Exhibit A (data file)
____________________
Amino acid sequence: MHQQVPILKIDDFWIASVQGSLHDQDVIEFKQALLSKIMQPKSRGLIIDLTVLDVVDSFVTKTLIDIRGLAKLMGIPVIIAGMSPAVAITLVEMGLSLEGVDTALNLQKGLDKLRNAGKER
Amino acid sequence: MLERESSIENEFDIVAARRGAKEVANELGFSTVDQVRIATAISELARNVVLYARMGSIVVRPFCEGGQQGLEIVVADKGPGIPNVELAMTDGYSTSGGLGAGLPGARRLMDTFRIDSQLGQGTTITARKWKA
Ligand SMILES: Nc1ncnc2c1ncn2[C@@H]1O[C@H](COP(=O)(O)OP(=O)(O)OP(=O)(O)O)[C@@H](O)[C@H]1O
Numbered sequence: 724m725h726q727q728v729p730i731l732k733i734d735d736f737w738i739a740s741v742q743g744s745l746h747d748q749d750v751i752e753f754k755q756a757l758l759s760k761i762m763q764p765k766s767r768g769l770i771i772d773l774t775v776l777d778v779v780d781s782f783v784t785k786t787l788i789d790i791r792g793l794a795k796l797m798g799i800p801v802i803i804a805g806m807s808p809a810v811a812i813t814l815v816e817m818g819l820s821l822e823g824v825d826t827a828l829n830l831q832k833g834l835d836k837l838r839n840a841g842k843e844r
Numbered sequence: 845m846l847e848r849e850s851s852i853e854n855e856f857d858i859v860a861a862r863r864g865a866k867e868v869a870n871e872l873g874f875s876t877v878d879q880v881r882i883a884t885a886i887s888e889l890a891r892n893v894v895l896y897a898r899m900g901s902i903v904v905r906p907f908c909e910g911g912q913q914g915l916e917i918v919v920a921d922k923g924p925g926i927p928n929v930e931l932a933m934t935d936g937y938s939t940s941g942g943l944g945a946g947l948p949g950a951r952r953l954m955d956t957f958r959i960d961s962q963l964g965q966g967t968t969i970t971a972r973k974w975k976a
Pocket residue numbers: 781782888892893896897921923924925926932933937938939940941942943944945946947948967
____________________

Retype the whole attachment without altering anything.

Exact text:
Amino acid sequence: MHQQVPILKIDDFWIASVQGSLHDQDVIEFKQALLSKIMQPKSRGLIIDLTVLDVVDSFVTKTLIDIRGLAKLMGIPVIIAGMSPAVAITLVEMGLSLEGVDTALNLQKGLDKLRNAGKER
Amino acid sequence: MLERESSIENEFDIVAARRGAKEVANELGFSTVDQVRIATAISELARNVVLYARMGSIVVRPFCEGGQQGLEIVVADKGPGIPNVELAMTDGYSTSGGLGAGLPGARRLMDTFRIDSQLGQGTTITARKWKA
Ligand SMILES: Nc1ncnc2c1ncn2[C@@H]1O[C@H](COP(=O)(O)OP(=O)(O)OP(=O)(O)O)[C@@H](O)[C@H]1O
Numbered sequence: 724m725h726q727q728v729p730i731l732k733i734d735d736f737w738i739a740s741v742q743g744s745l746h747d748q749d750v751i752e753f754k755q756a757l758l759s760k761i762m763q764p765k766s767r768g769l770i771i772d773l774t775v776l777d778v779v780d781s782f783v784t785k786t787l788i789d790i791r792g793l794a795k796l797m798g799i800p801v802i803i804a805g806m807s808p809a810v811a812i813t814l815v816e817m818g819l820s821l822e823g824v825d826t827a828l829n830l831q832k833g834l835d836k837l838r839n840a841g842k843e844r
Numbered sequence: 845m846l847e848r849e850s851s852i853e854n855e856f857d858i859v860a861a862r863r864g865a866k867e868v869a870n871e872l873g874f875s876t877v878d879q880v881r882i883a884t885a886i887s888e889l890a891r892n893v894v895l896y897a898r899m900g901s902i903v904v905r906p907f908c909e910g911g912q913q914g915l916e917i918v919v920a921d922k923g924p925g926i927p928n929v930e931l932a933m934t935d936g937y938s939t940s941g942g943l944g945a946g947l948p949g950a951r952r953l954m955d956t957f958r959i960d961s962q963l964g965q966g967t968t969i970t971a972r973k974w975k976a
Pocket residue numbers: 781782888892893896897921923924925926932933937938939940941942943944945946947948967